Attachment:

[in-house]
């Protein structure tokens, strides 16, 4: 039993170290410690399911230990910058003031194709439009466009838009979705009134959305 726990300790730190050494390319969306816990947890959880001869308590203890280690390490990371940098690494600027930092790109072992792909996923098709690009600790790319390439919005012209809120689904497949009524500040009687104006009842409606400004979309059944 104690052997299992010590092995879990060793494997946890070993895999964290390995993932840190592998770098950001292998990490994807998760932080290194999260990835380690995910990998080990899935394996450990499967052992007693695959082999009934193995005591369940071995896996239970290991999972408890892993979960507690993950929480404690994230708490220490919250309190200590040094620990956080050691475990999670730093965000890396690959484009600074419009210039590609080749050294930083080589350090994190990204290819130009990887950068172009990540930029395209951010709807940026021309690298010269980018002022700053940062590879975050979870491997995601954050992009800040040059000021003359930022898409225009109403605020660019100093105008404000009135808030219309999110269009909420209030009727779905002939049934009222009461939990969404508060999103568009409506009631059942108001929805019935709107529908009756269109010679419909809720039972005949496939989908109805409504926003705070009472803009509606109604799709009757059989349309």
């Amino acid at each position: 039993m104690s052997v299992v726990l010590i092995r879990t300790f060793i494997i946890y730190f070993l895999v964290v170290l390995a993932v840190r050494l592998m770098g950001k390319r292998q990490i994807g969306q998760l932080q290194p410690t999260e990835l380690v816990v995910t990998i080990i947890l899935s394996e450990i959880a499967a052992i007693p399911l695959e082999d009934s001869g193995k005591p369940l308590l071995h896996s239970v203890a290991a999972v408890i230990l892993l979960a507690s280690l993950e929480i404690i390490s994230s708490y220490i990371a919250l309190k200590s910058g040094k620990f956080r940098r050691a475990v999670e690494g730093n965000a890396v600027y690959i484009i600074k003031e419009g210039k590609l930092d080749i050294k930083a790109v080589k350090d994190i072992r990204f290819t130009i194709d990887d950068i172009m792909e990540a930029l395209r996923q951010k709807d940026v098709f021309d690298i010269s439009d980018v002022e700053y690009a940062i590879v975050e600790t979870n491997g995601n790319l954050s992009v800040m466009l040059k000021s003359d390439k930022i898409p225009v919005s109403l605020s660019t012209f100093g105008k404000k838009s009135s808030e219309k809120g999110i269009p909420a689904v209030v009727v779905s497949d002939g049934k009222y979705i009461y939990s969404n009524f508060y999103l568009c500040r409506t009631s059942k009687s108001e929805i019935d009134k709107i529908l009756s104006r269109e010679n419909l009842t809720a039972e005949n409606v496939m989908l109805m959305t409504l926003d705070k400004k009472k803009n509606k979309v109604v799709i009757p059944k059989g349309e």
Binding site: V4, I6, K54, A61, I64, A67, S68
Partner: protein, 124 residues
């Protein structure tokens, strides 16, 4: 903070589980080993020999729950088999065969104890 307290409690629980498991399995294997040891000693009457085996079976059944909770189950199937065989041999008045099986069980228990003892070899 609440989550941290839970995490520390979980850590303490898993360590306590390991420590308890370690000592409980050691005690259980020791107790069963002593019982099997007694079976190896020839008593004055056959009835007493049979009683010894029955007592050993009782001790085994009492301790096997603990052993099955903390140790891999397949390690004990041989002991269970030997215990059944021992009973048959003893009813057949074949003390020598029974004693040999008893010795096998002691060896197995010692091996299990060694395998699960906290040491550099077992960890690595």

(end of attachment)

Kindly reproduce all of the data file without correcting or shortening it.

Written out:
[in-house]
């Protein structure tokens, strides 16, 4: 039993170290410690399911230990910058003031194709439009466009838009979705009134959305 726990300790730190050494390319969306816990947890959880001869308590203890280690390490990371940098690494600027930092790109072992792909996923098709690009600790790319390439919005012209809120689904497949009524500040009687104006009842409606400004979309059944 104690052997299992010590092995879990060793494997946890070993895999964290390995993932840190592998770098950001292998990490994807998760932080290194999260990835380690995910990998080990899935394996450990499967052992007693695959082999009934193995005591369940071995896996239970290991999972408890892993979960507690993950929480404690994230708490220490919250309190200590040094620990956080050691475990999670730093965000890396690959484009600074419009210039590609080749050294930083080589350090994190990204290819130009990887950068172009990540930029395209951010709807940026021309690298010269980018002022700053940062590879975050979870491997995601954050992009800040040059000021003359930022898409225009109403605020660019100093105008404000009135808030219309999110269009909420209030009727779905002939049934009222009461939990969404508060999103568009409506009631059942108001929805019935709107529908009756269109010679419909809720039972005949496939989908109805409504926003705070009472803009509606109604799709009757059989349309």
């Amino acid at each position: 039993m104690s052997v299992v726990l010590i092995r879990t300790f060793i494997i946890y730190f070993l895999v964290v170290l390995a993932v840190r050494l592998m770098g950001k390319r292998q990490i994807g969306q998760l932080q290194p410690t999260e990835l380690v816990v995910t990998i080990i947890l899935s394996e450990i959880a499967a052992i007693p399911l695959e082999d009934s001869g193995k005591p369940l308590l071995h896996s239970v203890a290991a999972v408890i230990l892993l979960a507690s280690l993950e929480i404690i390490s994230s708490y220490i990371a919250l309190k200590s910058g040094k620990f956080r940098r050691a475990v999670e690494g730093n965000a890396v600027y690959i484009i600074k003031e419009g210039k590609l930092d080749i050294k930083a790109v080589k350090d994190i072992r990204f290819t130009i194709d990887d950068i172009m792909e990540a930029l395209r996923q951010k709807d940026v098709f021309d690298i010269s439009d980018v002022e700053y690009a940062i590879v975050e600790t979870n491997g995601n790319l954050s992009v800040m466009l040059k000021s003359d390439k930022i898409p225009v919005s109403l605020s660019t012209f100093g105008k404000k838009s009135s808030e219309k809120g999110i269009p909420a689904v209030v009727v779905s497949d002939g049934k009222y979705i009461y939990s969404n009524f508060y999103l568009c500040r409506t009631s059942k009687s108001e929805i019935d009134k709107i529908l009756s104006r269109e010679n419909l009842t809720a039972e005949n409606v496939m989908l109805m959305t409504l926003d705070k400004k009472k803009n509606k979309v109604v799709i009757p059944k059989g349309e």
Binding site: V4, I6, K54, A61, I64, A67, S68
Partner: protein, 124 residues
């Protein structure tokens, strides 16, 4: 903070589980080993020999729950088999065969104890 307290409690629980498991399995294997040891000693009457085996079976059944909770189950199937065989041999008045099986069980228990003892070899 609440989550941290839970995490520390979980850590303490898993360590306590390991420590308890370690000592409980050691005690259980020791107790069963002593019982099997007694079976190896020839008593004055056959009835007493049979009683010894029955007592050993009782001790085994009492301790096997603990052993099955903390140790891999397949390690004990041989002991269970030997215990059944021992009973048959003893009813057949074949003390020598029974004693040999008893010795096998002691060896197995010692091996299990060694395998699960906290040491550099077992960890690595």